A brief explanation. The expenditure limits for each government department are set ahead of time. This means that ministers have an idea of how much they will have to spend each year and can budget accordingly. Sometimes departments will go over these limits – because, y’know, they had to install a jukebox or something – and sometimes they will go under. As it happens, most departments have stayed within their bounds. It was originally envisioned that total departmental spending would decline by 14.3 per cent over these last five years, after accounting for inflation. It now looks closer to 13.6 per cent.
These are serious cuts. A 13.6 per cent decline in total departmental spending, from £411 billion to 355 billion, is pretty hefty by itself. But the really sizeable cuts emerge when you look at the departments individually, as today’s graph does. The Foreign Office and the Ministry of Justice have had their budgets reduced by almost a third. For the DWP and the DCLG it’s around a half. In fact, if you discount those departments that have gained over this Parliament, the average cut to the remaining departmental budgets is 20.6 per cent.
So why does the deficit remain? (1) For starters, these departmental expenditure limits aren’t the sum total of the Government’s spending. It’s just the part that the Treasury feels it has direct control over. The part of the budget known as Annually Managed Expenditure is, despite its name, far less manageable. This is the money (roughly £350 billion in the last financial year) that goes towards things such as social security benefits and debt interest, which fluctuate with demographics and the wider economy. When you include this, the Government’s total spending is set to decline by just 1.4 per cent over this Parliament. I will say more the about the changing profile of the Coalition’s spending in Thursday’s To The Point post.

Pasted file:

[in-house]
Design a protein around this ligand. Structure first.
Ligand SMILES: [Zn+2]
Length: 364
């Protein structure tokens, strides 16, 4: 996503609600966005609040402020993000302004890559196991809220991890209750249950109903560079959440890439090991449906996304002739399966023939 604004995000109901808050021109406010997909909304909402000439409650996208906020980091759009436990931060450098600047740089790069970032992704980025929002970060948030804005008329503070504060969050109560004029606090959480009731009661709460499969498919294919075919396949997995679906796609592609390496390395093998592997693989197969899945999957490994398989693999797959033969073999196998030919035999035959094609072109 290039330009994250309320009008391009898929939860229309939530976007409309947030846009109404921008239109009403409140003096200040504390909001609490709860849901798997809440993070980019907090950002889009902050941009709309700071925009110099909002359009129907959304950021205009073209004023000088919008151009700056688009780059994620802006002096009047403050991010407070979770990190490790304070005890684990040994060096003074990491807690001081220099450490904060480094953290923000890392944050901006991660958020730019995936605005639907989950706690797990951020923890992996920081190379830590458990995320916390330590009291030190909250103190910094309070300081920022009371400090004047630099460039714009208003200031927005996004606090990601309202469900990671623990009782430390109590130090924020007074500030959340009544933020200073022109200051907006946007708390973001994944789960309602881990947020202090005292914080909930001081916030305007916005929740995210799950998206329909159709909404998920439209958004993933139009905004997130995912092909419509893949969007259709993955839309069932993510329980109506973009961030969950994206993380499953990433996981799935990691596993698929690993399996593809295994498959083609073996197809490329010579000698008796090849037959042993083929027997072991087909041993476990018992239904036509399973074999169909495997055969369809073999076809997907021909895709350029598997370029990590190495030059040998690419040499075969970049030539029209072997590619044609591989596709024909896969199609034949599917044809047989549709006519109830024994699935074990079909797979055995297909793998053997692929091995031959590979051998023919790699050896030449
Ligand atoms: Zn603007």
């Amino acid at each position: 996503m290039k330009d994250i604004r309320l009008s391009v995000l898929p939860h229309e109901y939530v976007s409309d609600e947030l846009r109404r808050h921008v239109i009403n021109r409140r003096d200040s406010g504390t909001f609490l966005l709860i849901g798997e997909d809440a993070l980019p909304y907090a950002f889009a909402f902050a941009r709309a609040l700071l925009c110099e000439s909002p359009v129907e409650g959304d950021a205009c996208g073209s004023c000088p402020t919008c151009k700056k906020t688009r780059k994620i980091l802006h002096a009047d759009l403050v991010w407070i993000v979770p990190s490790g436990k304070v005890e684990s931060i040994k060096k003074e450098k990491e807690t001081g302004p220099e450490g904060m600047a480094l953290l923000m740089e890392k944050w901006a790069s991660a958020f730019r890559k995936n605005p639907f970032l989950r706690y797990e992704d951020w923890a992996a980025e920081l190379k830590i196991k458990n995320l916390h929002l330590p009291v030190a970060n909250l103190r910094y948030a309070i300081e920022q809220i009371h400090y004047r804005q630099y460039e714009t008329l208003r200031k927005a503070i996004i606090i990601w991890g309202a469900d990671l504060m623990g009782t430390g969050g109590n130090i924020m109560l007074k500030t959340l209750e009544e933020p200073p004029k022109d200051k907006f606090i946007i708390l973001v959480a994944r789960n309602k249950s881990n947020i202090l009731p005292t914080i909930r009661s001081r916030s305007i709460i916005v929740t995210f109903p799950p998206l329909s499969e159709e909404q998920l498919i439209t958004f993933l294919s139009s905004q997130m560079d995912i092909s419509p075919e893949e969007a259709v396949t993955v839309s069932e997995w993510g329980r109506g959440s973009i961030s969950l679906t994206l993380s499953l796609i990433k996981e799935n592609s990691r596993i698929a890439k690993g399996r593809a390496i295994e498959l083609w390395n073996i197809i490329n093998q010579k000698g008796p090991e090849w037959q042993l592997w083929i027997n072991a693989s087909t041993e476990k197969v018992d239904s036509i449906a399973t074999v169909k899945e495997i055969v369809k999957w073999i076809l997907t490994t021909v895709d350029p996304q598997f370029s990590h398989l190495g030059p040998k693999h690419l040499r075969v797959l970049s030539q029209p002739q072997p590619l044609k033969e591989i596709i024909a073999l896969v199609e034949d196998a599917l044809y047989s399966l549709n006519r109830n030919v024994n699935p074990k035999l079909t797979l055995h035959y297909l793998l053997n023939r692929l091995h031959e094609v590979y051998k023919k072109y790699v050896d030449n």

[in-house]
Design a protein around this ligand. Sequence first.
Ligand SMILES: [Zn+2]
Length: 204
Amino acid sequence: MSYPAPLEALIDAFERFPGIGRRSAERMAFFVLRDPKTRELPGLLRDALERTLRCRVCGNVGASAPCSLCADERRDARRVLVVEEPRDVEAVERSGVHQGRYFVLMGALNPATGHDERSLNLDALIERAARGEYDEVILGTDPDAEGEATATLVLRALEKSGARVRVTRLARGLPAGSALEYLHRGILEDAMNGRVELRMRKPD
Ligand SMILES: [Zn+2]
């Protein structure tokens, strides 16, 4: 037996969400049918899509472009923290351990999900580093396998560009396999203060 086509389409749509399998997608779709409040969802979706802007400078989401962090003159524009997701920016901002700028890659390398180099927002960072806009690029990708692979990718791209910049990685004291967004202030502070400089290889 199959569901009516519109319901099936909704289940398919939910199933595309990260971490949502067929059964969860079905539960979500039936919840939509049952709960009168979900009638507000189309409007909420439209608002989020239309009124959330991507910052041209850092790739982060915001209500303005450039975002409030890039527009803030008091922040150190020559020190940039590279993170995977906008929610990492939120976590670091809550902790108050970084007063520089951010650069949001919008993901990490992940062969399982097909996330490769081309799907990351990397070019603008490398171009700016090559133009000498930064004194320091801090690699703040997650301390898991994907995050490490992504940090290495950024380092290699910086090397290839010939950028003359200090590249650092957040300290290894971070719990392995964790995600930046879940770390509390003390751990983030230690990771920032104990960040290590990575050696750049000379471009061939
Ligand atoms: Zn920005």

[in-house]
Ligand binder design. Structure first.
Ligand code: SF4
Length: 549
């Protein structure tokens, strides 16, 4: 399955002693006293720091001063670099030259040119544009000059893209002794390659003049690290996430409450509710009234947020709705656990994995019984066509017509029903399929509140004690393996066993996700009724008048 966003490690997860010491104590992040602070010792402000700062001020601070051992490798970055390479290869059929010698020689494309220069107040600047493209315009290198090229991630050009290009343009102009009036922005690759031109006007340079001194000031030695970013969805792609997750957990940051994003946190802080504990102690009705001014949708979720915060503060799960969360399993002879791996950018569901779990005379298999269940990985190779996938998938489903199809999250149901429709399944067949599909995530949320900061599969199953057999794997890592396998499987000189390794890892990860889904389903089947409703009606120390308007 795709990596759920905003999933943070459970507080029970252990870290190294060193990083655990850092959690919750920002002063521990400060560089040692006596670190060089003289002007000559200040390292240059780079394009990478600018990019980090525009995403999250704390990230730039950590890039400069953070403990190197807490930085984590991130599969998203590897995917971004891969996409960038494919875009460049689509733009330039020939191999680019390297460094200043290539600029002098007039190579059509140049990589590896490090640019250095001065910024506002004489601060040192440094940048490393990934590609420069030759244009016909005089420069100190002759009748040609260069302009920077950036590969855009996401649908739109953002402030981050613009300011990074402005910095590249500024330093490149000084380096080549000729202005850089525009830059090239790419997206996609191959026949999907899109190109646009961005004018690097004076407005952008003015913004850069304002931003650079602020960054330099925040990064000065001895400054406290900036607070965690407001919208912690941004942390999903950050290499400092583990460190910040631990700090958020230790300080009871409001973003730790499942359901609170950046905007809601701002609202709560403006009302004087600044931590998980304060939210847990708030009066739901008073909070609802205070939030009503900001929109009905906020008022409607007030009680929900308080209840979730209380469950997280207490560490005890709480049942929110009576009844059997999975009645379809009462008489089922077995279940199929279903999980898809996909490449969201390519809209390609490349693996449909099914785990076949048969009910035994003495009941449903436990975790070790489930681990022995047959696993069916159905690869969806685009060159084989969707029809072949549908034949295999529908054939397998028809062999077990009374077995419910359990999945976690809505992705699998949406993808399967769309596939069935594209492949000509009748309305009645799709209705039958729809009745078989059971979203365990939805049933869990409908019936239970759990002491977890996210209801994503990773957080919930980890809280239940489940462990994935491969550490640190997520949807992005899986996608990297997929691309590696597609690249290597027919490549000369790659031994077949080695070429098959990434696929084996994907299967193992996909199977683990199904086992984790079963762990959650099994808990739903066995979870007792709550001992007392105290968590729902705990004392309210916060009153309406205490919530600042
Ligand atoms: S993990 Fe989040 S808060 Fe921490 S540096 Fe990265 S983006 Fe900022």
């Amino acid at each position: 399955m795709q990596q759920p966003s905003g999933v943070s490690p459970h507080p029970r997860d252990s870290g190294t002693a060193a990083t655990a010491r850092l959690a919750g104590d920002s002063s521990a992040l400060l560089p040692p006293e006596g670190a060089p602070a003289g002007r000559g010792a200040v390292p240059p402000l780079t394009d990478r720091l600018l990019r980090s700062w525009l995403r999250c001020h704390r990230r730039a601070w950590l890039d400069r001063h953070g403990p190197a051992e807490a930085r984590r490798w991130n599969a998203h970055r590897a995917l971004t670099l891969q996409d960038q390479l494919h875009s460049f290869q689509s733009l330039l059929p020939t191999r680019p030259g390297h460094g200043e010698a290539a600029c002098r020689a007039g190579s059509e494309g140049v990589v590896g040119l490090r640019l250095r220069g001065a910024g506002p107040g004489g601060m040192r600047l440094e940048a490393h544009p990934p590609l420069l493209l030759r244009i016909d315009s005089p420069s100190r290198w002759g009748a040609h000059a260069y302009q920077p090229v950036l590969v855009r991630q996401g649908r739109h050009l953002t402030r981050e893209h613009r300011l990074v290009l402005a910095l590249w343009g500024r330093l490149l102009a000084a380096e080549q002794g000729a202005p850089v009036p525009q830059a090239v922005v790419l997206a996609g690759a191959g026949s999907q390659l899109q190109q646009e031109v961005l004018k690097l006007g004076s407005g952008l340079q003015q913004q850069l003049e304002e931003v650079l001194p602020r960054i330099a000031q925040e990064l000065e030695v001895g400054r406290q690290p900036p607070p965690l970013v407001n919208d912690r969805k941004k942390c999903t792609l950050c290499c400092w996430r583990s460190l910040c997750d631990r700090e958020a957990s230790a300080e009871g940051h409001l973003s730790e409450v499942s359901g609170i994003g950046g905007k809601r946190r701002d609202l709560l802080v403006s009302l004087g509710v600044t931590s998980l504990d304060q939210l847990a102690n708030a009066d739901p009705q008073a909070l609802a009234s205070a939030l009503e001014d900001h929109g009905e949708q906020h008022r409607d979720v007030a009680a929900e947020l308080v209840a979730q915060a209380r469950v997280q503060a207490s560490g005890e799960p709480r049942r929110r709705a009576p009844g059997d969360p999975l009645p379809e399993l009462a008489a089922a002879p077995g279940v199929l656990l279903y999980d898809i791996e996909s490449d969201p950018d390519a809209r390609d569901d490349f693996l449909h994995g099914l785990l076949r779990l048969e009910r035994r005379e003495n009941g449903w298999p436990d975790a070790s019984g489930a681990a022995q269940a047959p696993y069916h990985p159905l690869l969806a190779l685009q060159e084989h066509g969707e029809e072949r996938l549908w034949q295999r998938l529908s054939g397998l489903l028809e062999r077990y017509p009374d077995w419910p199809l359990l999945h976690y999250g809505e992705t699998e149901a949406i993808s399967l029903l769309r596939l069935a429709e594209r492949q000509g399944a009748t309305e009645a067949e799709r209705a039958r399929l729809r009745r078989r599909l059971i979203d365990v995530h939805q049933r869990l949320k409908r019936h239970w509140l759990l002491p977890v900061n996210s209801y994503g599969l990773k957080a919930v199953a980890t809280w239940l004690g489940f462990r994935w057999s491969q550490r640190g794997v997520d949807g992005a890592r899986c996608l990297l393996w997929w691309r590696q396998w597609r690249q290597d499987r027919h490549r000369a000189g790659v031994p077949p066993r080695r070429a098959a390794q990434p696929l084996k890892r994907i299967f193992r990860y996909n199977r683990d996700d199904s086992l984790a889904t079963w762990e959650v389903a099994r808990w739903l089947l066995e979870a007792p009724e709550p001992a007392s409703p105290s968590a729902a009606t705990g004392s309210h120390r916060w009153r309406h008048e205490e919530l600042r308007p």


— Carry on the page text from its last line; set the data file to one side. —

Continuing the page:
So why does the deficit remain? (2) For seconds, and as any fule kno, the deficit isn’t just a function of spending. It also depends on tax, which is another variable that fluctuates with the economy. In 2010, the Office for Budget Responsibility forecast that the Government’s income would be £700 billion in 2014-15. Now it puts the number at £646 billion. Again, this will be the subject of a future To The Point post.
There’s yet more fruit to pick. If the individual departments have budgeted as they were asked to, and in many cases strictly, what is there left for them to do in the next Parliament? A lot, judging by my conversations with people in the Cabinet Office. They’re confident that the really big money will be saved when some of the current Government’s policies, such as the digitisation of Whitehall, come to fruition, as well as when departments are no longer tied into Labour’s horribly expensive contracts.